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Halloween Treats for Your Cats, Dogs, and Horses

By Michele C. Hollow of Pet News and Views

Our pets, like all of us, enjoy a treat every once in a while. The trick is not to over do it and to give your pets healthy options. Avoid Halloween candy, which can be hazardous to your pet’s health. Following are a few healthy treats that you can make for your pet.

Cookies for Cats
1 cup whole-wheat flour

1 6-ounce can tuna in oil (do not drain)

1 tablespoon oil

1 egg

Mix all ingredients in a mixing bowl, adding a little water if dough is too stiff. On a lightly floured surface, roll dough to 1/4-inch thickness. Cut into shapes with your favorite cookie cutter, or use a pizza cutter to cross-cut into small diamond shapes. Place on ungreased baking sheet. Bake at 350 degrees for 20 minutes or until firm. Store in an airtight container.

Pumpkin Cookies for Dogs
1½ cups whole wheat flour

1½ cups unbleached flour

2 tablespoons dry milk

1/2 cup oatmeal

1 teaspoon ground ginger

1 teaspoon dry yeast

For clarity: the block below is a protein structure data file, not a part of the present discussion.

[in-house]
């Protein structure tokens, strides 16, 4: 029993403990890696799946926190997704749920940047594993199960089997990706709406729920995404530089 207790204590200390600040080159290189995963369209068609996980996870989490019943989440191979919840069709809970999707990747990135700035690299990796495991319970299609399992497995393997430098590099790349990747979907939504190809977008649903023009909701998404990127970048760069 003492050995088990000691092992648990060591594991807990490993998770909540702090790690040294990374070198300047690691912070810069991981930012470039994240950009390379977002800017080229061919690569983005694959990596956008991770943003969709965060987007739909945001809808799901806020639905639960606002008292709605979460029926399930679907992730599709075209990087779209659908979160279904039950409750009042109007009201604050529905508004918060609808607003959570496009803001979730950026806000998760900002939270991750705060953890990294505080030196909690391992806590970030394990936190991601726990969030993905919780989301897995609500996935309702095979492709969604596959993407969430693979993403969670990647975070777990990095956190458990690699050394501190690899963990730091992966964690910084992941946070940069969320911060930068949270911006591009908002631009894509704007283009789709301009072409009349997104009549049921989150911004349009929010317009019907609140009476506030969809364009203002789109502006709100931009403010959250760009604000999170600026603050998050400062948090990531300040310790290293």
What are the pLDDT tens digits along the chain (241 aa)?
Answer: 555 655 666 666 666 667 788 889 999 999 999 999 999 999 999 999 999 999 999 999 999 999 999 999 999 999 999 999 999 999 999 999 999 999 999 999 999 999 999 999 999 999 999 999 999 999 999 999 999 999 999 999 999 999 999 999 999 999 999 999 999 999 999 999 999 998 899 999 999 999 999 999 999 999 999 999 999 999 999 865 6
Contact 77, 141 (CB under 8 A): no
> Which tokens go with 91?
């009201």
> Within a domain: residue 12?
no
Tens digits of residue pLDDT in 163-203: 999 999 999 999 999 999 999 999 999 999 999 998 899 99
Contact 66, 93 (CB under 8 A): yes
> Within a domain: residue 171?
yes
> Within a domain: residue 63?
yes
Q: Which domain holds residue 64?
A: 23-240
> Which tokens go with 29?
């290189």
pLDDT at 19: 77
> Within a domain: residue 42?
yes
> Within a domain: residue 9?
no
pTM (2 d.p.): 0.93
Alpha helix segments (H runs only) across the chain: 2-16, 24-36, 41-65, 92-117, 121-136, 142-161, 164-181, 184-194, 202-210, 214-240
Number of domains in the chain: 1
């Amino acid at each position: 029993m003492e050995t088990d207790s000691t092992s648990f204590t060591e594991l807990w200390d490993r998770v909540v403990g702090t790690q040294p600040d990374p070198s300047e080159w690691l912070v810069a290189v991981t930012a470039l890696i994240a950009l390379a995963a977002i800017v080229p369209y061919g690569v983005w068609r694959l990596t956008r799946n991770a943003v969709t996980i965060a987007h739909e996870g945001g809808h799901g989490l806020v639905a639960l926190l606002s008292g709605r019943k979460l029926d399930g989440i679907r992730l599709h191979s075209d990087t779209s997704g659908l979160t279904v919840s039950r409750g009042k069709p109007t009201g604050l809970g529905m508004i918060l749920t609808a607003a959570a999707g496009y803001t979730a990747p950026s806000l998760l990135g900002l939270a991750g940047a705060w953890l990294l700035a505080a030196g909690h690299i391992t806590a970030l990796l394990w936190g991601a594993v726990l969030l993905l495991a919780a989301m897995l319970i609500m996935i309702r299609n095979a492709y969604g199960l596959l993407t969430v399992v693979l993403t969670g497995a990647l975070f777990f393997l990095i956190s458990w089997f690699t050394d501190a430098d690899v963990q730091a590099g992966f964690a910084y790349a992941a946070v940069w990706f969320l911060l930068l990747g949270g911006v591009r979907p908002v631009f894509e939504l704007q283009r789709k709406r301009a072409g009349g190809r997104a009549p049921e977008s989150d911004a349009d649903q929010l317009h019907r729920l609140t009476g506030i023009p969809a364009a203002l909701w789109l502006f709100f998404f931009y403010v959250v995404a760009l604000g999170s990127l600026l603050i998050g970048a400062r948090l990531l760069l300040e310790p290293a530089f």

1 teaspoon cinnamon

1/2 cup water

2 tablespoons vegetable oil

1/2 cup canned pumpkin

Use your bread machine to mix the dough, or your mixer with a dough hook, or mix by hand. Place all the ingredients in your mixer and set it for the dough cycle. When the dough is done, remove it and roll it into 1/4-inch thick sheets.

Use bone-shaped cookie cutters, or a pizza cutter to cut the dough into squares or diamonds. Place the dog cookies on a lightly greased pan, and let them rise for an hour.  Bake the dog treats for 45 minutes to an hour, at 275 degrees F.

Turn off the oven, and let the cookies continue to dry overnight in the oven. In the morning, they will be hard and crisp. And they will keep well, stored in an airtight container, at room temperature, for about 30 days.

Homemade Treats for Horses
Take a small pumpkin, cut off the top, and pull out the seeds and pulp. Fill the pumpkin with a mixture of sliced carrots and apples sprinkled with a little brown sugar and a few drizzles of molasses. Your horse will root out the goodies, then probably smash the pumpkin with a hoof to get at the pumpkin flesh, which is also nutritious.

Warning
If you pet ingests chocolate or other dangerous substance, call your veterinarian or the ASPCA’s Animal Poison at 888-426-4435. The ASPCA lists other helpful tips to keep your pets safe this Halloween.

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